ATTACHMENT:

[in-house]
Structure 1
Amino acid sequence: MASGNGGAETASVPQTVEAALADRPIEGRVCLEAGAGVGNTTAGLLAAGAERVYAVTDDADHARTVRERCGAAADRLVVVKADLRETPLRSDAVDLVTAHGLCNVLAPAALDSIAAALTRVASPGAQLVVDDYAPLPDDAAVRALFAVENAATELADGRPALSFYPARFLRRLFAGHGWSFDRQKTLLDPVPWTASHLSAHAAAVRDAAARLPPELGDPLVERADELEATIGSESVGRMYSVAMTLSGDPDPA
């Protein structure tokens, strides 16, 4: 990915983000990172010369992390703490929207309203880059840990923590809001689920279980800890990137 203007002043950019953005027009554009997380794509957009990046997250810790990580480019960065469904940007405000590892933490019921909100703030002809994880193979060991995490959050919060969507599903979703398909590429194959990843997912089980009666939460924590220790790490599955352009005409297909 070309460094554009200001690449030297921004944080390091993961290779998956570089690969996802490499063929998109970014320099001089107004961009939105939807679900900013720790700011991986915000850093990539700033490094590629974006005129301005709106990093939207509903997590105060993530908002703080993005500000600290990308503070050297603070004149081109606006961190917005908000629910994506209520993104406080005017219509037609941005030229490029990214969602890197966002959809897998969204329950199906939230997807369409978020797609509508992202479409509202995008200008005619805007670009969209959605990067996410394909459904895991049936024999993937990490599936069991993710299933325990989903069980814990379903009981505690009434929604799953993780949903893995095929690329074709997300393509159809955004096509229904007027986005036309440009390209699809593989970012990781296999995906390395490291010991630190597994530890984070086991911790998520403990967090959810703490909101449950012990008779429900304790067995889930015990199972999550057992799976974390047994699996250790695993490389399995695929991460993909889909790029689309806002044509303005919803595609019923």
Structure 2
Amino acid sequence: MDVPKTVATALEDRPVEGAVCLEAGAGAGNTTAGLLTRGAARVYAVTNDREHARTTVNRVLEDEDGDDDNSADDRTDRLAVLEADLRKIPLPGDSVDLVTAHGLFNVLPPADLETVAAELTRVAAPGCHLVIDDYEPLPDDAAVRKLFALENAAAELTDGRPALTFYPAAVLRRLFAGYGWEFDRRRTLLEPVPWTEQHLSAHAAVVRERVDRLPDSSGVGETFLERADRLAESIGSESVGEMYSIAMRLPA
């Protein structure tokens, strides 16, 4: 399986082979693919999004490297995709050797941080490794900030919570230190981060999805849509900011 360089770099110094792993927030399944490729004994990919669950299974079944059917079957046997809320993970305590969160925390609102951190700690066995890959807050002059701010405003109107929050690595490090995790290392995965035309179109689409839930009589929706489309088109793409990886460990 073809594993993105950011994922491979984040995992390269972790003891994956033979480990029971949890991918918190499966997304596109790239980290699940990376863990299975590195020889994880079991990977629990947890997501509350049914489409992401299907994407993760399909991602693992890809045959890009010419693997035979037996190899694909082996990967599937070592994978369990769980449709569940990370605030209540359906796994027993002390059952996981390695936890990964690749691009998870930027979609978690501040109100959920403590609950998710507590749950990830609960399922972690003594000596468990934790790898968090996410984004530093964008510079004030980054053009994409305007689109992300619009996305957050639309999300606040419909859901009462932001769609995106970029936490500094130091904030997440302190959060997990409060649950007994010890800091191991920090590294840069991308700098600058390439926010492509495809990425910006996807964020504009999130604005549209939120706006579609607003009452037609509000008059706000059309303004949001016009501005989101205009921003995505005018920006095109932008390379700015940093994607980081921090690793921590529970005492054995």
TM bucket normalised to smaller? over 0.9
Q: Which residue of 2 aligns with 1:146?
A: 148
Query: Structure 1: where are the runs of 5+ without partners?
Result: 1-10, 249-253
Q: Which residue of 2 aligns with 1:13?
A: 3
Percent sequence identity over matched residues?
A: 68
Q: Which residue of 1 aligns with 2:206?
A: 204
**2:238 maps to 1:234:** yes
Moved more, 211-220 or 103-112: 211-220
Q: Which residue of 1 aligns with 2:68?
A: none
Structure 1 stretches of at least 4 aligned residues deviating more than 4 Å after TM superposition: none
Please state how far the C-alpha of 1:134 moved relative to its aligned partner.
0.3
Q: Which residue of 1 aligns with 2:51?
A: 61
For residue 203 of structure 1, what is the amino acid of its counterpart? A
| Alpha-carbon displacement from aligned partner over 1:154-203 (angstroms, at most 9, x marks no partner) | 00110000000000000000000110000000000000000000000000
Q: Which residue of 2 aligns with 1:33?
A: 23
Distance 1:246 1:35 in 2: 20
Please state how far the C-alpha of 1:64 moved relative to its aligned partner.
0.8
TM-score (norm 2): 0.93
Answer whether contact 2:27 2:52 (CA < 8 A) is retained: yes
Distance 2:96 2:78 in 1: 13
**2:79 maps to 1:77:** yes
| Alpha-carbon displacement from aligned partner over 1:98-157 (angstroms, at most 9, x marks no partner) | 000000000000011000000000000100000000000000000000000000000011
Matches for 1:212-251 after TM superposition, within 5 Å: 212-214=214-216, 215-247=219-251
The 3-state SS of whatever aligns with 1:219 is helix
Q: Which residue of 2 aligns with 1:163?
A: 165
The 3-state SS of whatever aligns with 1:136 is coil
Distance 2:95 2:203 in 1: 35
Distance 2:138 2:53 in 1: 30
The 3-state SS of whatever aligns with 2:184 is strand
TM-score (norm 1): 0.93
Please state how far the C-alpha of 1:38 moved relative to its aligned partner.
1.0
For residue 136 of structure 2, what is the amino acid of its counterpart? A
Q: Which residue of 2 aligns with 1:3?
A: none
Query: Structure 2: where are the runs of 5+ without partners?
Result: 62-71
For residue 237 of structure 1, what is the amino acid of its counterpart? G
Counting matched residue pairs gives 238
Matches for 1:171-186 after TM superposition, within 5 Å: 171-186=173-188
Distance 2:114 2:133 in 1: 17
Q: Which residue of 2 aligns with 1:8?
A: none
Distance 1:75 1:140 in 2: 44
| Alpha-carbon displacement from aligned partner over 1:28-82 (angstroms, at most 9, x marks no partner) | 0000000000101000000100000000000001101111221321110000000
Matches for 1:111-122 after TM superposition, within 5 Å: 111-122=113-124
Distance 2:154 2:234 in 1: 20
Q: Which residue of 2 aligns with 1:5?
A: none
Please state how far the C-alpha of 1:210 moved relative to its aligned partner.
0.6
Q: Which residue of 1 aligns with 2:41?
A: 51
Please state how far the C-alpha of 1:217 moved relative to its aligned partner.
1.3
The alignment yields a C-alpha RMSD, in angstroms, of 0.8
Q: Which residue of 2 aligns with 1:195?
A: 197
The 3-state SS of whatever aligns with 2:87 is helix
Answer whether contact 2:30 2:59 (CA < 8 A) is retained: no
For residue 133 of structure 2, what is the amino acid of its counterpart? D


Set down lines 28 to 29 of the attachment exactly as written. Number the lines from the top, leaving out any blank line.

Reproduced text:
For residue 203 of structure 1, what is the amino acid of its counterpart? A
| Alpha-carbon displacement from aligned partner over 1:154-203 (angstroms, at most 9, x marks no partner) | 00110000000000000000000110000000000000000000000000